Indeed far from SADC looking the other way there are signs that democratic leaders in the region are increasingly concerned about Zimbabwe. Festus Mogae, the President of Botswana, openly criticized Mugabe and his war veterans in an interview in the Sunday Times on the 11th November. During the week commencing the 26th November President Mbeki spoke out against what was happening in Zimbabwe on no less than 3 separate occasions. On the 20th December a high ranking ANC delegation arrived in Harare for talks with ZANU (PF) and prior to its arrival the SABC announced that part of its mission was to secure free and fair elections. It is highly significant that neither party at the conclusion of the talks made any press release and save for one article in the Herald claiming, without any supporting statement from the ANC, that the ANC was in solidarity with ZANU (PF), the ZANU (PF) propaganda machine has been remarkably quiet about the visit. If anything the government controlled media and Jonathan Moyo have spent most of December criticizing South Africa. In the December 18th edition of the Chronicle there was a vicious cartoon portraying Nelson Mandela as a lackey of Bush and Blair. In Parliament on the 18th December Jonathan Moyo said: "Those who see the likes of the BBC, CNN and SABC as voices of democracy are either naïve or plain mad". Subsequently Moyo stated in a press conference that the South African media were still under the control of apartheid forces. Throughout December there was a sustained attack on the ANC in the Herald implying that it was now being influenced by, and had sold out to, the New Nationalist Party. Clearly ZANU (PF) now perceives the ANC as an enemy because it too is insisting on a fair electoral process.

The real test of who is in control of SADC and what the most powerful States in SADC think about the Zimbabwean situation will be shown when the SADC Heads of State meet in Malawi on the 13th January. Whatever happens there however what is now clear is that a very powerful coalition comprising the United States, the European Union, an overwhelming majority of democratic Commonwealth countries and the two most powerful neighbours of Zimbabwe, South Africa and Botswana, has emerged during the course of 2001. This coalition is determined to ensure that free and fair elections take place and has come to the conclusion that whilst the land issue is an important unresolved issue, the principal problem is the absence of good governance. The MDC now has the most powerful and influential countries on earth singing from the same hymn sheet as it and this particular hurdle is now firmly overcome. There will be no going back on the international community’s insistence that free and fair elections be held in compliance with the SADC Electoral Norms and Standards as passed by the SADC Parliamentary Forum in Windhoek in March 20001. ZANU (PF) will only snub that insistence at its peril.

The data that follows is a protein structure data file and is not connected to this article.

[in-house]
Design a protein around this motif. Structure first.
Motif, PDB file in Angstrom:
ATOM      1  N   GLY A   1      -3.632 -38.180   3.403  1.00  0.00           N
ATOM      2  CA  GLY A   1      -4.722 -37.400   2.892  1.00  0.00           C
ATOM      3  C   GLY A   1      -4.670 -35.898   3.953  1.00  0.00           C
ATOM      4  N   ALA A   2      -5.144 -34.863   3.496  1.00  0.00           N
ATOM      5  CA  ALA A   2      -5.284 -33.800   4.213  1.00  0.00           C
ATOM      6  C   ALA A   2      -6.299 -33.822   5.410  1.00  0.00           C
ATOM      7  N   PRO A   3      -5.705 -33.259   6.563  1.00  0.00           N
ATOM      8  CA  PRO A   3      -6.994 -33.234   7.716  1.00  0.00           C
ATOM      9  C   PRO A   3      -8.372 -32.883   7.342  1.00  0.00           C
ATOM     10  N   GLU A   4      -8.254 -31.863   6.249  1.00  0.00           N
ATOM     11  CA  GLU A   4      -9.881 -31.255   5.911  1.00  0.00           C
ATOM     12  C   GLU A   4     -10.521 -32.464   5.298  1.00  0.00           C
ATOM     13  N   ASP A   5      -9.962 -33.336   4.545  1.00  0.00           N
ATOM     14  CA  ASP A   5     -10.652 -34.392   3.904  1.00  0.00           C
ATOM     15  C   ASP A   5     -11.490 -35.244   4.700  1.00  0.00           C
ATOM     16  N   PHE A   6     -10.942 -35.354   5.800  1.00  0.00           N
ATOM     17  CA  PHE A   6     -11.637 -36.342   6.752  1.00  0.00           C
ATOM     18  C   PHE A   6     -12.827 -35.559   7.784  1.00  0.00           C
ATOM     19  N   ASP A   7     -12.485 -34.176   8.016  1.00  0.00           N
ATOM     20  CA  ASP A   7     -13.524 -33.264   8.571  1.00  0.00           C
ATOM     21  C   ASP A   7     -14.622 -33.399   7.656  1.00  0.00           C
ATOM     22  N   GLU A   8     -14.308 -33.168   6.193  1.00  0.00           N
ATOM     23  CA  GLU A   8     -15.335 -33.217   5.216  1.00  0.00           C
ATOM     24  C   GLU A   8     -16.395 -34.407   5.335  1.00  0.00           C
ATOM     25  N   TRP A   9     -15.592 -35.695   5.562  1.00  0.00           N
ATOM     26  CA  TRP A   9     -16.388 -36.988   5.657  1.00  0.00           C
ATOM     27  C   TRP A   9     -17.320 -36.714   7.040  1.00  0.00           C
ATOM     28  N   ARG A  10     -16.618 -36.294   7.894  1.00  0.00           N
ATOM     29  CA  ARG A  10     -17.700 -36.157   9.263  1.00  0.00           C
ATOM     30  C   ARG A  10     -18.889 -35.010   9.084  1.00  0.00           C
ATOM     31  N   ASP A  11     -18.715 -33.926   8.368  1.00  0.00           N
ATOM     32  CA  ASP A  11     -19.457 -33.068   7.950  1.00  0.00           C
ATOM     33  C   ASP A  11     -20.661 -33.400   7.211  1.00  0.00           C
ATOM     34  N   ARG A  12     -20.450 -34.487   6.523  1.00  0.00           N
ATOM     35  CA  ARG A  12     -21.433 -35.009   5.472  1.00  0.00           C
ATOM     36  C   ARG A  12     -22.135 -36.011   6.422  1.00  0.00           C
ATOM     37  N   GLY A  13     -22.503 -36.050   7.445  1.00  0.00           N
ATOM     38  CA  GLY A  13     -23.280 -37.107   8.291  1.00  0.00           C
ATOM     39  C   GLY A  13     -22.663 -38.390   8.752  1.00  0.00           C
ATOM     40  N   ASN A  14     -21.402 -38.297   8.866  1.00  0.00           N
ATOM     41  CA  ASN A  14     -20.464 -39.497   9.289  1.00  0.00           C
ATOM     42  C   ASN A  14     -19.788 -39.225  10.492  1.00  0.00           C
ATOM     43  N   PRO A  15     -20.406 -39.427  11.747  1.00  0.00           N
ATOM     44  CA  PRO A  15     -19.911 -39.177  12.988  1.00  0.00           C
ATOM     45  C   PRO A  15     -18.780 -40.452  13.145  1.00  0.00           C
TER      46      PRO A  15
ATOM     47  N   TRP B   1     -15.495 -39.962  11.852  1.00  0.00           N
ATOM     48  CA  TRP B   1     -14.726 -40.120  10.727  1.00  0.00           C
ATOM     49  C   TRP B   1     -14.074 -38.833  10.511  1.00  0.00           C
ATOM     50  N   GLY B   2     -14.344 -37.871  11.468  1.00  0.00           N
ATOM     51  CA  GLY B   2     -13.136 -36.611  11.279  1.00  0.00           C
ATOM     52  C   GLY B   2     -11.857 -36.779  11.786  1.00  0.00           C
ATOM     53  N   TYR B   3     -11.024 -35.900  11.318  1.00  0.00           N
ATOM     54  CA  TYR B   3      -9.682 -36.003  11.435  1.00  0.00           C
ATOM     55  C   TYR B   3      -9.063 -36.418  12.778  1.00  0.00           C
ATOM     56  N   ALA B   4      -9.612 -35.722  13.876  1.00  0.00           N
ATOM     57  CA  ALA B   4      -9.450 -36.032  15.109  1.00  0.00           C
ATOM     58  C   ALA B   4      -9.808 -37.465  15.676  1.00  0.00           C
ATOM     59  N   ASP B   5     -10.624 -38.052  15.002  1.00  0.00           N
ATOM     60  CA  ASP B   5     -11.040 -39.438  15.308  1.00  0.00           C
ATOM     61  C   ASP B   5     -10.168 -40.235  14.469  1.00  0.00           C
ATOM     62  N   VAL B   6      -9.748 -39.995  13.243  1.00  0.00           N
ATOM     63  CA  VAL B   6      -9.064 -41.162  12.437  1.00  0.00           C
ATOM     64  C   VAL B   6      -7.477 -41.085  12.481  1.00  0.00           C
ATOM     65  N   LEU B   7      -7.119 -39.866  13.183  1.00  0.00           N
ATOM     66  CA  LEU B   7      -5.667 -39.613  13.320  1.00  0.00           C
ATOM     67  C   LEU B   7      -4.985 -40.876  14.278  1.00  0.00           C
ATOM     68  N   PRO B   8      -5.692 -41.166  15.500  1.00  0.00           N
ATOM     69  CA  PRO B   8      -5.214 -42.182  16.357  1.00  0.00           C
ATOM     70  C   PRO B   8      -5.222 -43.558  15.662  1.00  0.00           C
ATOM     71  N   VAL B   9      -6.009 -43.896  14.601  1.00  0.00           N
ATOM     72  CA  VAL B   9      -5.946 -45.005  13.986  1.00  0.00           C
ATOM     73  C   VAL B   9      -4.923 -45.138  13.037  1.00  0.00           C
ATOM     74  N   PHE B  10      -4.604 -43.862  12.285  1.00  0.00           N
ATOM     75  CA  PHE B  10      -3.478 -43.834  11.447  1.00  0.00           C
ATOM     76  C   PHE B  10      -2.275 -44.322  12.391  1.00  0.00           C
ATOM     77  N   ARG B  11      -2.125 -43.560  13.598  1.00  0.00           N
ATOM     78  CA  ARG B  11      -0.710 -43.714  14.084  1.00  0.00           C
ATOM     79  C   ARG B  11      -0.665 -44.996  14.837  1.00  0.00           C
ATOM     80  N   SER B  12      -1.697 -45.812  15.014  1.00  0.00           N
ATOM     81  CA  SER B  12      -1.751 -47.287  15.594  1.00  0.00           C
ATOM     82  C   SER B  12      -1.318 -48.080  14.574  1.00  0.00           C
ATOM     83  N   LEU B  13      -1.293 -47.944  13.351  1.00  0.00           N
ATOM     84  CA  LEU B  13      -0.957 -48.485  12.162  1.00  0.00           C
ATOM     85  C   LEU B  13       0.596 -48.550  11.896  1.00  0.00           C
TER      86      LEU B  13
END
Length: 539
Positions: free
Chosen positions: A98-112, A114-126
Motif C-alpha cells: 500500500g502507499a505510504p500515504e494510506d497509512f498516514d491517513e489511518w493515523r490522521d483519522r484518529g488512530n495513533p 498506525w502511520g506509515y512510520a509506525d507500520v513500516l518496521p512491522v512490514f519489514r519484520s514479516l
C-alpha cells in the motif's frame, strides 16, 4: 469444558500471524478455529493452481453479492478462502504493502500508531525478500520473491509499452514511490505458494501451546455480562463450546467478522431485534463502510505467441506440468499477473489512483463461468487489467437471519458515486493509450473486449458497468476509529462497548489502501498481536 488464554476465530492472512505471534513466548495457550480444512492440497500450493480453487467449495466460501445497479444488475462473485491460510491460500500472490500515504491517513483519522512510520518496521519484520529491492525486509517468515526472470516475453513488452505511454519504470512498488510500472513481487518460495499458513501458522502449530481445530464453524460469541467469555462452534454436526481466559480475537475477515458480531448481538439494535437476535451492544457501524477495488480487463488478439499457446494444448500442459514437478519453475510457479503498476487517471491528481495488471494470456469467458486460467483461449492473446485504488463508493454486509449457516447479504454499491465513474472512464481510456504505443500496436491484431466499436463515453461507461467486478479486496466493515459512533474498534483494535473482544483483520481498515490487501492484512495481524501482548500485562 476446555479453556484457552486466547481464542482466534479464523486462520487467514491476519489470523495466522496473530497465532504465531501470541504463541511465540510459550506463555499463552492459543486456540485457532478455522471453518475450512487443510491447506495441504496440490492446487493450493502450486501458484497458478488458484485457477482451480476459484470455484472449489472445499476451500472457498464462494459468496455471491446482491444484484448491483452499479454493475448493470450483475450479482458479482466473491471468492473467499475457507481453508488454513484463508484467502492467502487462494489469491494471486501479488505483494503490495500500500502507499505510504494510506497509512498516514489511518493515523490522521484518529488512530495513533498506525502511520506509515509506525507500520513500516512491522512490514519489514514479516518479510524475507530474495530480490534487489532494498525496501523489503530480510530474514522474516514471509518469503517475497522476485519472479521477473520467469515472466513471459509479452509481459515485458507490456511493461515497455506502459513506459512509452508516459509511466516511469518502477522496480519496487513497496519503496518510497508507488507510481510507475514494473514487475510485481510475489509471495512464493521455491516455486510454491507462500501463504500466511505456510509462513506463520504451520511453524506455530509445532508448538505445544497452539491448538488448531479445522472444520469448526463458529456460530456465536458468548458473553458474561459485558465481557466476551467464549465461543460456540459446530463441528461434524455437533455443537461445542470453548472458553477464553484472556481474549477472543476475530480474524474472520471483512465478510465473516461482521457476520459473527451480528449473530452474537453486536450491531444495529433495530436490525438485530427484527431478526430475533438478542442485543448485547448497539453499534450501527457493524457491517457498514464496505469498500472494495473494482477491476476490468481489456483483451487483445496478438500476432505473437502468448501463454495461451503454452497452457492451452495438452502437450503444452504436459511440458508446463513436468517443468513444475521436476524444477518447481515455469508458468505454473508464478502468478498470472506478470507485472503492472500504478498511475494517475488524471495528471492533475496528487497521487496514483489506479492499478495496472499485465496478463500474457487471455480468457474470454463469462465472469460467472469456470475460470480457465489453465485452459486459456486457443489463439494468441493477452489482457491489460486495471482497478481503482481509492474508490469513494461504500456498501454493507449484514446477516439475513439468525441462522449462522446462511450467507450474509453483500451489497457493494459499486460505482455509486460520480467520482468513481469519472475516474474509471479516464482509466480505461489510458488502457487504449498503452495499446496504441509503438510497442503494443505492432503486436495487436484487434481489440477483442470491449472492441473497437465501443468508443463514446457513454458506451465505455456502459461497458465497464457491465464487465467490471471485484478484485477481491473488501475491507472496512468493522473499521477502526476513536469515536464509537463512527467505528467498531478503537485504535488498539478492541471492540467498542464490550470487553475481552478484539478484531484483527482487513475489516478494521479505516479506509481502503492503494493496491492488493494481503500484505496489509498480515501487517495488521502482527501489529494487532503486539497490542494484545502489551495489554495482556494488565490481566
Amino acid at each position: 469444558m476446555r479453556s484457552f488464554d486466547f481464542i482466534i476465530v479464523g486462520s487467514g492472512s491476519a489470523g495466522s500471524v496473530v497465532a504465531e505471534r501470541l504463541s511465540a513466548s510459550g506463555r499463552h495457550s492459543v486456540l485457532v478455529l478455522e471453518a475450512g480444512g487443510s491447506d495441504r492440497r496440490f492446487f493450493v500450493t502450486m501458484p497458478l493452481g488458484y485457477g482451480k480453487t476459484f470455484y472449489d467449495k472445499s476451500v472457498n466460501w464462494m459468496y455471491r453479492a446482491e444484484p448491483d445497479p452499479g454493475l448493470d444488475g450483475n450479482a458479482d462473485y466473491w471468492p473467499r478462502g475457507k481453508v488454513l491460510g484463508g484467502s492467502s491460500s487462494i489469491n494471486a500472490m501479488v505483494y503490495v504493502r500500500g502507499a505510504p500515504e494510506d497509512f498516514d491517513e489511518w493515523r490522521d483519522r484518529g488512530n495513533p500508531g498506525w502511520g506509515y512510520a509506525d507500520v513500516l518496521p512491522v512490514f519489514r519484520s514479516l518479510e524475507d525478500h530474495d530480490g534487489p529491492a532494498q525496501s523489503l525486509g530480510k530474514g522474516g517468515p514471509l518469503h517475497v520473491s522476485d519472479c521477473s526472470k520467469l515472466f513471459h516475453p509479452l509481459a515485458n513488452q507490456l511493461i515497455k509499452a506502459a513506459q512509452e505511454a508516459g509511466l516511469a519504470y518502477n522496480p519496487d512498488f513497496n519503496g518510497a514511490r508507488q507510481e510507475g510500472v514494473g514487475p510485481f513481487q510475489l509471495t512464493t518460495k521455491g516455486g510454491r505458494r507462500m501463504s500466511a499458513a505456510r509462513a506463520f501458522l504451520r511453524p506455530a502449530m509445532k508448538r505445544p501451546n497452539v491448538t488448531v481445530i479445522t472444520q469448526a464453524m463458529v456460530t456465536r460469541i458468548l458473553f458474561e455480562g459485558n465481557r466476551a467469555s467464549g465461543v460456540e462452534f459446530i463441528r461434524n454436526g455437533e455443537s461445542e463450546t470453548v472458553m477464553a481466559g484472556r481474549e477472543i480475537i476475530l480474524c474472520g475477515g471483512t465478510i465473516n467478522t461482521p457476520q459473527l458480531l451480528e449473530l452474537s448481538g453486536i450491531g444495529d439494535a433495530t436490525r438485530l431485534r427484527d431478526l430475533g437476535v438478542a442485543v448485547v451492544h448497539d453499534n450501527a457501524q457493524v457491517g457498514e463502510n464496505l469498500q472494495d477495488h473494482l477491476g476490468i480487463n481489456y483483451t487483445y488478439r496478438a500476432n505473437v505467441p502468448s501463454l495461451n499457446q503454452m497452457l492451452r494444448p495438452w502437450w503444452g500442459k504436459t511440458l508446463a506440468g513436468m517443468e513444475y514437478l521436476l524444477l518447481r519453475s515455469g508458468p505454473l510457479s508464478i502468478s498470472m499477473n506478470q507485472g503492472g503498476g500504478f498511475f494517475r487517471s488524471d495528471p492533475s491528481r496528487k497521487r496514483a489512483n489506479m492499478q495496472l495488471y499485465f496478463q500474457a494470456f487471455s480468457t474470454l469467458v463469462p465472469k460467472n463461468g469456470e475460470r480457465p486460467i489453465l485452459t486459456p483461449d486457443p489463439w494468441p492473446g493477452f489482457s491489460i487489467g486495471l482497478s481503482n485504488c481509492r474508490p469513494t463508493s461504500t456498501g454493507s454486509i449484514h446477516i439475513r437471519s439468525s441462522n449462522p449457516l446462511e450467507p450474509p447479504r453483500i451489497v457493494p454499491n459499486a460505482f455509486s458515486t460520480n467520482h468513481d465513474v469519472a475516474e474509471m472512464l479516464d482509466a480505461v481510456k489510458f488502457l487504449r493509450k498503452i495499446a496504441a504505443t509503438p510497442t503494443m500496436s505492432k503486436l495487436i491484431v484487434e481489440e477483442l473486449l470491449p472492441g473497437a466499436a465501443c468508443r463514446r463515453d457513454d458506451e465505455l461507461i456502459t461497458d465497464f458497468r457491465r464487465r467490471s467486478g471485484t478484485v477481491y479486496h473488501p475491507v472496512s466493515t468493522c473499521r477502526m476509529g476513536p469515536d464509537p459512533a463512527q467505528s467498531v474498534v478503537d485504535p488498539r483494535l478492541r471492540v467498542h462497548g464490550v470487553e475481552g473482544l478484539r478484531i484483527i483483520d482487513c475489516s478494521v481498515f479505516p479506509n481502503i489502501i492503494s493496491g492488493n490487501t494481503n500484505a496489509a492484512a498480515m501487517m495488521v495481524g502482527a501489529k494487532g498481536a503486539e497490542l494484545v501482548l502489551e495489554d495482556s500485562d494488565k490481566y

One final thought: once a politician, or a political party for that matter, is marked as a pariah the stain is indelible. There is now nowhere for Mugabe to hide. Either he complies with the international community and holds elections in compliance with the SADC Standards, in which case he will lose by a mile, or he does not, in which case if he manages to win the result will not be recognized by the countries which count in the region and the world in any event.


Of course it doesn’t matter what the international community thinks if an overwhelming majority of people within the country concerned back the policies of its government. History shows us that regimes, which enjoy the backing of a significant majority of its people, can ride the storm of international opprobrium for some time, especially if they have strong economies. Zimbabwe, to put it mildly, does not have a strong economy and so if Mugabe is to fly in the face of world opinion he will need the support of a significant majority, not just to win the election but also to endure the hardship of international isolation.

In the run up to the 2000 Parliamentary election I speculated about three possible scenarios. The first, and most negative from an MDC perspective, was that the MDC would win a majority of seats in the cities but because of intimidation would only win a smattering of rural seats and as a result would only win about 30 seats countrywide. The second was that the MDC would win convincingly in the cities and in certain rural areas that were traditionally anti ZANU (PF) and would garner between 50 and 60 votes. The third was that the MDC would win the cities and all rural areas aside from ZANU (PF)’s heartland and in doing so would win a Parliamentary majority of between 80 and 90 seats. In all my talks given at the time I believed that the second scenario was the most likely. The reason I mention this is that at the time I did not make outlandish predictions. I firmly believed, from the evidence before me at the time that ZANU (PF)’s intimidation of certain areas was still effective and as a result we could not win in those areas. Furthermore it was apparent that ZANU (PF) was still sufficiently unified to retain substantial support in its heartland.